Have you ever wished you had enough books and shelves you’d need a ladder to reach the topmost? Especially one of those sliding hooked-on-a-rail ladders? Melvil Dewey encountered his first one of those in the late nineteenth century in a Philadelphia library. He was not amused; the bronze hooks running along a pipe made “an annoying metal-on-metal sound.” Of course, there have been accidents, librarians falling off, sometimes fatal. Surely a partner with a belaying rope would solve that problem.
Whether you love or hate e-books, they are no doubt here to stay. But they are not doing as well as they once were. Sales fell 10 percent in 2017, and children’s stumbled the worst—-accounting for only 5 percent of all sales. Somewhat surprising, even the young adult e-category was down 8 percent. Want to guess what the top-three traditionally published adult e-books last year were? (Answer below.)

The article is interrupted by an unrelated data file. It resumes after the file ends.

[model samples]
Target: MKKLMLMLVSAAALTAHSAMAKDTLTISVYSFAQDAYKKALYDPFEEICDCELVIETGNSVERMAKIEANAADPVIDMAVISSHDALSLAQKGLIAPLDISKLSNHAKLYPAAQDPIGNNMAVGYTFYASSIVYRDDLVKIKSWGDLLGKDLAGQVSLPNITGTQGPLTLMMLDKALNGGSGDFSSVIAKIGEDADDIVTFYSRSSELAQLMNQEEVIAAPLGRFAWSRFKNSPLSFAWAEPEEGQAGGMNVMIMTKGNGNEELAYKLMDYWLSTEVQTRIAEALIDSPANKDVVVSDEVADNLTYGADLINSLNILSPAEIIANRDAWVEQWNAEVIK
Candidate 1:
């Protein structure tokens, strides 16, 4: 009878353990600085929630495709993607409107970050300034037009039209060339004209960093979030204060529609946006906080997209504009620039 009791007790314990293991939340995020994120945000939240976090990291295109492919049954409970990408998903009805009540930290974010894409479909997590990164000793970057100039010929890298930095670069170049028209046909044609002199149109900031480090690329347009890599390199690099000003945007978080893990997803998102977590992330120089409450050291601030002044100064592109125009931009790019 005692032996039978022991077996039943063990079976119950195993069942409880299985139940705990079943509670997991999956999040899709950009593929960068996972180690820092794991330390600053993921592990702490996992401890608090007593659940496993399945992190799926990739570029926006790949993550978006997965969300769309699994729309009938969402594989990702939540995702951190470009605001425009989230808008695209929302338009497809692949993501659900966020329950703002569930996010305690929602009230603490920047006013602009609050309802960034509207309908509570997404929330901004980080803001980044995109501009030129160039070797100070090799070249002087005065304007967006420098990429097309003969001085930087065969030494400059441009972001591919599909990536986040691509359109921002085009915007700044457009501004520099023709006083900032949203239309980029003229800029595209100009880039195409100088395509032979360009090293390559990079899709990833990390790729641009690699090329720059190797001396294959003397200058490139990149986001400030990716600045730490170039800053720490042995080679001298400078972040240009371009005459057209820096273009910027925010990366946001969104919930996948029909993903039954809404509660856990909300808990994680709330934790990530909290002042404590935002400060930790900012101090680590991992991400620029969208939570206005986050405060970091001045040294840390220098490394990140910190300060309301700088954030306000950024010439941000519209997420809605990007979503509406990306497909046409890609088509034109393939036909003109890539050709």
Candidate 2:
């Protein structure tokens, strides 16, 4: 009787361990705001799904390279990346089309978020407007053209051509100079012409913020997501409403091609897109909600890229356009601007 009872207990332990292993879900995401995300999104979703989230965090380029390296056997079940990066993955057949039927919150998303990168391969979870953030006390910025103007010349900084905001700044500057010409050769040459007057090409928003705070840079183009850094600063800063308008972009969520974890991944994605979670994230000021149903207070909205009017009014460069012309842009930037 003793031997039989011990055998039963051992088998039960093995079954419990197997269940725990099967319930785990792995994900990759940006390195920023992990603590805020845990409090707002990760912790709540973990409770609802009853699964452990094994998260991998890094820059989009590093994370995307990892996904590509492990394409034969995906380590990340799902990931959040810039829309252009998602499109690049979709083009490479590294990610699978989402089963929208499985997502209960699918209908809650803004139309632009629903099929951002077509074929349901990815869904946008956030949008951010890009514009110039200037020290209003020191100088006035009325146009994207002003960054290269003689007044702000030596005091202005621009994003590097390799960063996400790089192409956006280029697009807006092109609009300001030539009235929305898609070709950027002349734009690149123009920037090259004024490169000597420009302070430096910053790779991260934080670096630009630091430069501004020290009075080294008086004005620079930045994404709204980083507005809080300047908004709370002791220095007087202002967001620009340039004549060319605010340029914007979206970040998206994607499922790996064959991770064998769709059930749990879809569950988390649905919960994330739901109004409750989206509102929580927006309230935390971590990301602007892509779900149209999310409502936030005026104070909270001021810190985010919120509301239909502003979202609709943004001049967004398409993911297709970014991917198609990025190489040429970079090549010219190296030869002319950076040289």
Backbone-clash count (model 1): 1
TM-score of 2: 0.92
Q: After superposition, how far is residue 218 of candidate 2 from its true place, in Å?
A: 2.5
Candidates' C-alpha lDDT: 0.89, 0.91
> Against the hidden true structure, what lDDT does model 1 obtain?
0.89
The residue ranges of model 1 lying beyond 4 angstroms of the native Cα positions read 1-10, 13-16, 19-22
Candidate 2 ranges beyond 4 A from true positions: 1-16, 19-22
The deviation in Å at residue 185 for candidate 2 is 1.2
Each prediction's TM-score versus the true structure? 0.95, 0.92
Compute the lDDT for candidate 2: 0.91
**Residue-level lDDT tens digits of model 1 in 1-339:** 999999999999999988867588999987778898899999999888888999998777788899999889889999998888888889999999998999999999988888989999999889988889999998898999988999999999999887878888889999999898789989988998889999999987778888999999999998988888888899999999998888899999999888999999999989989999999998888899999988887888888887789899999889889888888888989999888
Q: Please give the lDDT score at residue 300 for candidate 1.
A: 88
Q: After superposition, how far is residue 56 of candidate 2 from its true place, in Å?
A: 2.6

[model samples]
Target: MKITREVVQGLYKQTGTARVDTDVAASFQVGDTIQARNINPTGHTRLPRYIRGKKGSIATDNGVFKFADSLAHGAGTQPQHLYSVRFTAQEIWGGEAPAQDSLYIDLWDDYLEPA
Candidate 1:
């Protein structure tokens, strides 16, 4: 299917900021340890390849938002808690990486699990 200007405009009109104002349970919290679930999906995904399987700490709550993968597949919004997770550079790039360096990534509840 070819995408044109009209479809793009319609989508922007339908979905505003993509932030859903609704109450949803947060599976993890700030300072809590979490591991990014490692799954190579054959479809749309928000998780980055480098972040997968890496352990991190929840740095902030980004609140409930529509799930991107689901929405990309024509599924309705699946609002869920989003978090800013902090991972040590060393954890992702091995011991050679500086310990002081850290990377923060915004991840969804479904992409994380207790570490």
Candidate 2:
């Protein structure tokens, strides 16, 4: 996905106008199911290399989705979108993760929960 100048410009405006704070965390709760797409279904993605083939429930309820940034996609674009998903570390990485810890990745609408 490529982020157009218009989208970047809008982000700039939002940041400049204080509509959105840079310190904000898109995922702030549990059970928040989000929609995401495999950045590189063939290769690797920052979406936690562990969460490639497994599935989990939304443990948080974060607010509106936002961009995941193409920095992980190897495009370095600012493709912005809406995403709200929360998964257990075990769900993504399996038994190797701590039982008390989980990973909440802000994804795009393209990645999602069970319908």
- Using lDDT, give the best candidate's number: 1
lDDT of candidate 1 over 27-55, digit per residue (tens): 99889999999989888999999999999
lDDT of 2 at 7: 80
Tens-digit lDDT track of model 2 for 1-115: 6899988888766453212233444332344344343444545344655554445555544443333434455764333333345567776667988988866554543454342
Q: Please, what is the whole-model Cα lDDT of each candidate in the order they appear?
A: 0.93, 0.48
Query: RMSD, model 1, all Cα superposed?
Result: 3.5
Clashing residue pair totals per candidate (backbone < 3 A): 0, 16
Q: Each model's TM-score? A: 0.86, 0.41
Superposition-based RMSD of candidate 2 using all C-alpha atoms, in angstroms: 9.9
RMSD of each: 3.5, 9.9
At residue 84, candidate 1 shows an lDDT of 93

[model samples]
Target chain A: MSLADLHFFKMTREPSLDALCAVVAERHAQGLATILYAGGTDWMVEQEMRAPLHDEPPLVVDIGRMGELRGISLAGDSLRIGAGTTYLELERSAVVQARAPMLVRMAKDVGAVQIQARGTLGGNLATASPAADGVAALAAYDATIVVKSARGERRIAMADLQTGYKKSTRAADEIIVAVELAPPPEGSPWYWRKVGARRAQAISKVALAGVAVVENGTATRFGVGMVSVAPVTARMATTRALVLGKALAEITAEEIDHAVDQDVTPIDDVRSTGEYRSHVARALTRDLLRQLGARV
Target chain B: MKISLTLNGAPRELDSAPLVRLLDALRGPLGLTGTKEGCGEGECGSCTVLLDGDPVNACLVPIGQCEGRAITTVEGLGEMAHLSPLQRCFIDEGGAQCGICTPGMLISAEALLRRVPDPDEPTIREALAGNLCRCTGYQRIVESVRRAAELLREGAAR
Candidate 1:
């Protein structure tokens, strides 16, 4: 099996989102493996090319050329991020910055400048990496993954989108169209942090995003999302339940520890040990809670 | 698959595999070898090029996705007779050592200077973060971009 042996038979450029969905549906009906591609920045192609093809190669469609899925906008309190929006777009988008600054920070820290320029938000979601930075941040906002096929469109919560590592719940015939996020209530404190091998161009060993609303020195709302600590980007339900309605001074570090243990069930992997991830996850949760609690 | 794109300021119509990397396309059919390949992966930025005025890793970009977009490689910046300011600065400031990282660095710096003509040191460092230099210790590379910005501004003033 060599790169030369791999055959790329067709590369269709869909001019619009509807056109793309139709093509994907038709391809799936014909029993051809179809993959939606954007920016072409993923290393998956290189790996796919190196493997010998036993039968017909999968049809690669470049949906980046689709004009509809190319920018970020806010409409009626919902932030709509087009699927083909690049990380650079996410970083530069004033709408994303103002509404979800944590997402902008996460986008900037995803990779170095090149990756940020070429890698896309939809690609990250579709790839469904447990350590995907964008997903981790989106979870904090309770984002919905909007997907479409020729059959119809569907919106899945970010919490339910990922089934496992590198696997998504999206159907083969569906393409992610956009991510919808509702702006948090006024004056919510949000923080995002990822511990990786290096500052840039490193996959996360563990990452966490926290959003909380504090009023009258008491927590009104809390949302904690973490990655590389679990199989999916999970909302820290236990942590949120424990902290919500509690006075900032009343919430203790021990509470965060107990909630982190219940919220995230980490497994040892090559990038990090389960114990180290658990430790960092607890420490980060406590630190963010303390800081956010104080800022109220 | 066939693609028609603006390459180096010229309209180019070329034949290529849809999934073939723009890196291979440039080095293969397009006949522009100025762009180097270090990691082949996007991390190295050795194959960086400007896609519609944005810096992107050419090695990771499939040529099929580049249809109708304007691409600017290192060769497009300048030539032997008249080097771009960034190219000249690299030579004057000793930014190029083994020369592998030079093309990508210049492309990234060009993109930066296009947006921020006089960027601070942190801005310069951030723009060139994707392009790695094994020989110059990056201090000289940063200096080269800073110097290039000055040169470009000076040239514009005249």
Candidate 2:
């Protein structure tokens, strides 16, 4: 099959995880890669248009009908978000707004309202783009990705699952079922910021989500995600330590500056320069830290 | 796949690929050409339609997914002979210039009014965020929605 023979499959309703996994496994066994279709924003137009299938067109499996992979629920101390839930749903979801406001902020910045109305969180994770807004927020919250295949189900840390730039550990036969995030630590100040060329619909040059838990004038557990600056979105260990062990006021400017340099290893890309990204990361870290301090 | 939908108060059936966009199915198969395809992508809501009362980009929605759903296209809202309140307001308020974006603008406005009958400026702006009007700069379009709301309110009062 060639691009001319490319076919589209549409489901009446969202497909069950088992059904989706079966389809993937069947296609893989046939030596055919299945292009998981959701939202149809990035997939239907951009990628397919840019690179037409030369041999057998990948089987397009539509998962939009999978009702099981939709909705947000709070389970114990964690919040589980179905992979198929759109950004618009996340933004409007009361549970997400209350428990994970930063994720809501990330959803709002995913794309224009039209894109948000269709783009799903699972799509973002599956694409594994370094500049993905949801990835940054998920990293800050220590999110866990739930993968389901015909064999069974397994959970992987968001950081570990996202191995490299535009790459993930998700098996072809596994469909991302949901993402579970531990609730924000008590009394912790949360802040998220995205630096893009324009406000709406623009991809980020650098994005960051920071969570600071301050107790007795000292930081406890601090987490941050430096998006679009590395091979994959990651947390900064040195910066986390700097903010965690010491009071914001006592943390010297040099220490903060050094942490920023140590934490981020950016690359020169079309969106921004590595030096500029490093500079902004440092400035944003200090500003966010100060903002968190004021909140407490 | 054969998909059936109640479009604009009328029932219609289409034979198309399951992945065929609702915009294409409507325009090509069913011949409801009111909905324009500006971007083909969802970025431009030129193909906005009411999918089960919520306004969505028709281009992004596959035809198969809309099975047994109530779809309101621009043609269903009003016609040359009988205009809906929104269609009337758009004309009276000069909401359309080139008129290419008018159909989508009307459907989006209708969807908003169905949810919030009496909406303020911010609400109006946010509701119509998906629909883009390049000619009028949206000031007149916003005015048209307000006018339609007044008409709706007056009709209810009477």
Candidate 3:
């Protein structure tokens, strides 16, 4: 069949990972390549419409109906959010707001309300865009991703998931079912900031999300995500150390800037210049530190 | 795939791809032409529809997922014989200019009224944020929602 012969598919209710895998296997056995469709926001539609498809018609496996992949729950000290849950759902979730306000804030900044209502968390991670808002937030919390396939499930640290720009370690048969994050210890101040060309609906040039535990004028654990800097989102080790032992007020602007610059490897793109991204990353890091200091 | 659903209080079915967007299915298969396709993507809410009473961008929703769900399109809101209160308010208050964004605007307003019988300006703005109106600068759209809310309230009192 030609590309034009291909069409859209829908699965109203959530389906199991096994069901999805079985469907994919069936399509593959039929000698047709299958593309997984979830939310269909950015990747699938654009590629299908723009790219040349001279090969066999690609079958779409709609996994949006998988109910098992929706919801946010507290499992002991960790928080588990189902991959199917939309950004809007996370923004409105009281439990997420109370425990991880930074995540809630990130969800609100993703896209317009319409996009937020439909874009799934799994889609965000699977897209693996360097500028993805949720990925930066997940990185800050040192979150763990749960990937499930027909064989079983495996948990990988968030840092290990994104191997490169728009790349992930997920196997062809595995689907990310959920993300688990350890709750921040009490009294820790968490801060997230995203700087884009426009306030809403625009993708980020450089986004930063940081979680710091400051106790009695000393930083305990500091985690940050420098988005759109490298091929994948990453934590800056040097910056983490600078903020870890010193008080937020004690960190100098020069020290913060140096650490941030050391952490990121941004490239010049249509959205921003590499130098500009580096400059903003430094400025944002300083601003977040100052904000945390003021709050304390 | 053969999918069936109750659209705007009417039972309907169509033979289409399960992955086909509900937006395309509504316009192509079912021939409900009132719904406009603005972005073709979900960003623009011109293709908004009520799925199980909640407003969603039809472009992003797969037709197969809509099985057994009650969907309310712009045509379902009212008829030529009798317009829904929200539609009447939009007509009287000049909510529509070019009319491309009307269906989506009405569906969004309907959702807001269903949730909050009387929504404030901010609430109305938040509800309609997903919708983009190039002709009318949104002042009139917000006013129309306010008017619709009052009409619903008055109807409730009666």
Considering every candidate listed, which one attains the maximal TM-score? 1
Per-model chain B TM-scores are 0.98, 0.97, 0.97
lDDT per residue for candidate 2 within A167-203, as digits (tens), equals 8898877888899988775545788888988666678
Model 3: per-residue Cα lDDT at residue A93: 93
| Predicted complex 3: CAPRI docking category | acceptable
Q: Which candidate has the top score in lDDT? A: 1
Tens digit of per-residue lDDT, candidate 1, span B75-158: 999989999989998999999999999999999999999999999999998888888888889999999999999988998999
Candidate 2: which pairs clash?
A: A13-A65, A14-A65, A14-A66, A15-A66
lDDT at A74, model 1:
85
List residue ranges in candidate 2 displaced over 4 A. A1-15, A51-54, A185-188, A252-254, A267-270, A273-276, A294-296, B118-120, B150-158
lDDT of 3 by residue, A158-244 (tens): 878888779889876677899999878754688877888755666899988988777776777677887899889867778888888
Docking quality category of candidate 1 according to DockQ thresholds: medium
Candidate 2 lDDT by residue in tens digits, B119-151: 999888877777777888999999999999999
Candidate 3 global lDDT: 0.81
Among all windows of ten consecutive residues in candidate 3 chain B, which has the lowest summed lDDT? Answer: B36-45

You all know the Boulder Book Store on Pearl Street Mall. Publishers Weeklyhas named it 2018’s Bookstore of the Year. In business for 45 years, the store is 20,000 square feet of new books (65%), used and remaindered books (16%), and non-book sidelines (19%), totaling 100,000 items for sale. Be glad that come January, you don’t have to count their inventory.
Meanwhile, Colorado’s Talking Book Library was named 2017’s best in the country by the National Library Service for the Blind and Physically Handicapped, part of the Library of Congress. CTBL serves 7,200 patrons statewide who use audiobooks, Braille books, and large print books.
How to Read Poetry Like a Professor by Professor Emeritus Thomas C. Foster (808.1FOS) tackles the questions of what, how, and why poetry. I’ve studied poetry and write it myself, so I thought I’d scan through this in order to review it here. But I ended up reading nearly every word. Foster’s easy, conversational style makes it, as the cover says, “a quippy and sonorous guide to verse.” If poetry doesn’t thrill you, try his How to Read Novels . . . .
The top-selling traditionally published adult e-books last year were 1. The Handmaid’s Tale by Margaret Atwood, 2. Origin by Dan Brown, and 3. Camino Island by John Grisham.